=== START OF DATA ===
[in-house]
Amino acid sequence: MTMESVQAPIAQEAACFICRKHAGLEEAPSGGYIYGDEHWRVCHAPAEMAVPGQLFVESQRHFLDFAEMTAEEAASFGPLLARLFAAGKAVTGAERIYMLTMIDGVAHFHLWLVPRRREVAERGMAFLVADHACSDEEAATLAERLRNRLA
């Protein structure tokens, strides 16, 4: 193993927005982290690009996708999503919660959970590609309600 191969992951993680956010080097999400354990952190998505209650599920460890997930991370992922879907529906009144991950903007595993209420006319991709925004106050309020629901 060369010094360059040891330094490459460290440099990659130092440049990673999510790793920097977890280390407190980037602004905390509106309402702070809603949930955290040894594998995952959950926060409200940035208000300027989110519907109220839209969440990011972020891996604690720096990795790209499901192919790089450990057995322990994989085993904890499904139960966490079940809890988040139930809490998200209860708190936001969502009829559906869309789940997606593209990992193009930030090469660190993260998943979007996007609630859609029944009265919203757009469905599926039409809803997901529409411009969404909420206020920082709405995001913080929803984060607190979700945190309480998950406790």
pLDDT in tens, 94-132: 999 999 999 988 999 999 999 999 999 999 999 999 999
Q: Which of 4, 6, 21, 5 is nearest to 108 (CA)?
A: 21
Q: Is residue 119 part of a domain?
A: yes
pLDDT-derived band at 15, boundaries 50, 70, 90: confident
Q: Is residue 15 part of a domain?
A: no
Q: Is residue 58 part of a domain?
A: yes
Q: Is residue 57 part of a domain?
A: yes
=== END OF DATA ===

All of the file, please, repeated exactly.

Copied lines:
[in-house]
Amino acid sequence: MTMESVQAPIAQEAACFICRKHAGLEEAPSGGYIYGDEHWRVCHAPAEMAVPGQLFVESQRHFLDFAEMTAEEAASFGPLLARLFAAGKAVTGAERIYMLTMIDGVAHFHLWLVPRRREVAERGMAFLVADHACSDEEAATLAERLRNRLA
């Protein structure tokens, strides 16, 4: 193993927005982290690009996708999503919660959970590609309600 191969992951993680956010080097999400354990952190998505209650599920460890997930991370992922879907529906009144991950903007595993209420006319991709925004106050309020629901 060369010094360059040891330094490459460290440099990659130092440049990673999510790793920097977890280390407190980037602004905390509106309402702070809603949930955290040894594998995952959950926060409200940035208000300027989110519907109220839209969440990011972020891996604690720096990795790209499901192919790089450990057995322990994989085993904890499904139960966490079940809890988040139930809490998200209860708190936001969502009829559906869309789940997606593209990992193009930030090469660190993260998943979007996007609630859609029944009265919203757009469905599926039409809803997901529409411009969404909420206020920082709405995001913080929803984060607190979700945190309480998950406790």
pLDDT in tens, 94-132: 999 999 999 988 999 999 999 999 999 999 999 999 999
Q: Which of 4, 6, 21, 5 is nearest to 108 (CA)?
A: 21
Q: Is residue 119 part of a domain?
A: yes
pLDDT-derived band at 15, boundaries 50, 70, 90: confident
Q: Is residue 15 part of a domain?
A: no
Q: Is residue 58 part of a domain?
A: yes
Q: Is residue 57 part of a domain?
A: yes